Ana: My name is Ana, and I’m married with two kids. I was in a relationship for about maybe seven years. Everything was good until one day I got a phone call and it was the other girl calling to see if she was going to go out with him that night. And I was like, excuse me, who’s this? Do you have the right number? I threw all his stuff out and I kind of just stayed by myself for a while and then I started feeling sick, like just like one of those coughs that you can’t get rid of and I went to go get checked and the doctor was let’s run some tests, but in my heart and in my head, I already knew that I had HIV. Telling my parents that I was HIV positive. I guess it’s just that fear, I didn’t want to disappoint them.
Felix: Pues, cuando…eso es algo que no se me quita de la mente. Pero sí recuerdo que le dije a ella que pues ni modo, era algo que ella no se lo había buscado. [Well, that’s something I’ll never forget. I remember telling her that it wasn’t her fault.]
Ana: Estoy tan orgullosa de ti. [I’m proud of you.]
Felix: Yo también, hija. [I am of you, daughter.]
Ana: ¿De verdad? [Really?]
Felix: Tu sabes que si. [You know it.]
Ana: My dad’s like, you’re my daughter. I love you. It’s not your fault, what happened, happened. We’ll get through this. We’ll get through this like we’ve gotten through everything else in life, everything, ups and downs. We’re a family and we’re going to get through it.
Felix: Ya después de que ella entró en eso sí empecé un poquito a tener más conocimiento de la enfermedad. [After she was diagnosed with the disease I started to learn more about it.]
Ana: It gives me a lot of comfort, a lot, knowing that my parents were there, you know, knowing that my mom was there for me, knowing that I could call her when I didn’t feel like taking my medication.
Felix: Pues la alentábamos que tenía que seguir los tratamientos porque era para su bien. Nosotros también si estamos tomando medicamentos y no nos lo tomamos pues entonces podía pasar algo malo, verdad, con uno. Entonces “así como nosotros tomamos los medicamentos tú también debes de…y más que nada por tus hijos”. [We used to encourage her to keep taking her medication because it was for her own good. If we stop taking our medications, then something bad could happen to us. So, we used to say to her, “If we have to take our medication then you have to do it as well… Most of all for your children.”]
Ana: No, you like a girl? Oh you didn’t tell me. See dad, he tells the truth.
Felix: And you? Not you too? No, I hope not.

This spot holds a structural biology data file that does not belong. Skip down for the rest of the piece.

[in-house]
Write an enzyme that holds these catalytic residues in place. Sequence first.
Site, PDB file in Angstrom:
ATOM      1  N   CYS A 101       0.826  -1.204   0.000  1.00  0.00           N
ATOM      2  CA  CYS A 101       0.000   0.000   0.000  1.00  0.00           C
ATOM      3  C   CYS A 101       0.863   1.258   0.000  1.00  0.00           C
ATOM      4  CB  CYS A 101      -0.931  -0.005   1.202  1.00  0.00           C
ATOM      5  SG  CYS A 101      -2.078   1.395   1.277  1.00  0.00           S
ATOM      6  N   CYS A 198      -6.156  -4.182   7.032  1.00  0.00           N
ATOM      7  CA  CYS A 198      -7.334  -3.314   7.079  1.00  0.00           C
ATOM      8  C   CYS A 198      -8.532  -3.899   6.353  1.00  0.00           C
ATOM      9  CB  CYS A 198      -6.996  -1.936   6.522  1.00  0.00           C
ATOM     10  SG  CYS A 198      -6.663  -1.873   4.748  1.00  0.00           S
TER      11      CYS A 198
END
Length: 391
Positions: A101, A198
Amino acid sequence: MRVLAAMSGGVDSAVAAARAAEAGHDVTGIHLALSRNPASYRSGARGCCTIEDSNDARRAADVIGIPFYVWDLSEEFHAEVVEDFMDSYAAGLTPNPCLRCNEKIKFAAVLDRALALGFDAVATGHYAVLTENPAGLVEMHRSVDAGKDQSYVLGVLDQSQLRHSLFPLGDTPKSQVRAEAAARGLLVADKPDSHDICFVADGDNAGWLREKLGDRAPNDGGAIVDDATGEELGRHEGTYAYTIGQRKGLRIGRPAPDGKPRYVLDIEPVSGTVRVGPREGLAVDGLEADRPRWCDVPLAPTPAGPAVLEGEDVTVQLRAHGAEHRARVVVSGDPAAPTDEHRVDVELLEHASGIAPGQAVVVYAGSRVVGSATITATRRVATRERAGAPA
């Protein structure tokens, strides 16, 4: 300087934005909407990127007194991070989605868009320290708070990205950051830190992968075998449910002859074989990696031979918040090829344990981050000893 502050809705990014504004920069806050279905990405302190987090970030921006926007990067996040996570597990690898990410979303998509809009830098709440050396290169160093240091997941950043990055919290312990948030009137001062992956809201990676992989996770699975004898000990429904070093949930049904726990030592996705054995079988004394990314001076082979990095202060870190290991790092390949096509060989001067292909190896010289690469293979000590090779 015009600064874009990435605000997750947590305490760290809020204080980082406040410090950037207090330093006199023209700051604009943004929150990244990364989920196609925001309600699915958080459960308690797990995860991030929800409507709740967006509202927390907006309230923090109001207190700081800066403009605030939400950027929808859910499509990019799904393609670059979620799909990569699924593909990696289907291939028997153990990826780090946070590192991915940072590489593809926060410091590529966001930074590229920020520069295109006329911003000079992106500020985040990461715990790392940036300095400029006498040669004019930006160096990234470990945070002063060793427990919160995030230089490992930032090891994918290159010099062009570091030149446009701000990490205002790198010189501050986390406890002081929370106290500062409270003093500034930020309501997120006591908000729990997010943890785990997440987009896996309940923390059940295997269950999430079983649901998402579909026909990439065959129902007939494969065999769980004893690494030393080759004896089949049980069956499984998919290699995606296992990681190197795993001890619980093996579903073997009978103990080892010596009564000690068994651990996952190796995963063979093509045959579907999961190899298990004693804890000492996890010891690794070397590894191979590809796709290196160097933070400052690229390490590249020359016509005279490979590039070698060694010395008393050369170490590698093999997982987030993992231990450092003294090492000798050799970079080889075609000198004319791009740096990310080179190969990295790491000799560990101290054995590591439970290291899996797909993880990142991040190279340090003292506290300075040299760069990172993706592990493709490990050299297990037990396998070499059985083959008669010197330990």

Ana: You’re the only one that can fight for your own choices, for your own medical needs. So you’ve gotta push yourself to do it. You’ve gotta be strong enough and you’ve gotta want to live. What would you say to her if she were here right now?
Son: Hola. [Hello.]
Ana: My parents are super important and they’ve taught us you’ve just gotta be strong and you’ve gotta keep going, that it’s not always rainbows and sunshine. There’s always stormy weather and stuff, but it’s in that time that you’ve gotta show your strength, that you’ve gotta show that willpower to keep going.
Felix: Pues en realidad porque quiero que más padres sepan, verdad, que esto no es algo que ya porque agarró la enfermedad se va a morir mañana o pasado. Que al contrario, si uno los apoya y está más con ellos, puede darle más ánimo para seguir adelante. [I want more parents to understand that just because someone gets infected it doesn’t mean that they’re going to die tomorrow or the day after. On the contrary, if we support them more and we spend more time with them then we can give them the strength to keep going.]
Ana: I’m doing great. I am undetectable. I am healthy. It takes a supporting family. It takes medication, doctors. It takes the person, the want to live. I am happily married with this wonderful man who is not HIV positive. We do take care of ourselves. We do use protection. We have every normal problem that you can imagine, but it’s normalcy, just like that regular problems that a married couple has, but my HIV has never been one. My status has never been one of those problems. I’ve got big goals and HIV doesn’t stand in my way.
After learning she was living with HIV, Ana’s father, Felix, provided the love and support she needed to get informed about the disease, start treatment and take care of her health.
A person with HIV who is in ongoing care can live a normal lifespan. In addition to improving health, HIV treatment also prevents the spread of the virus to others.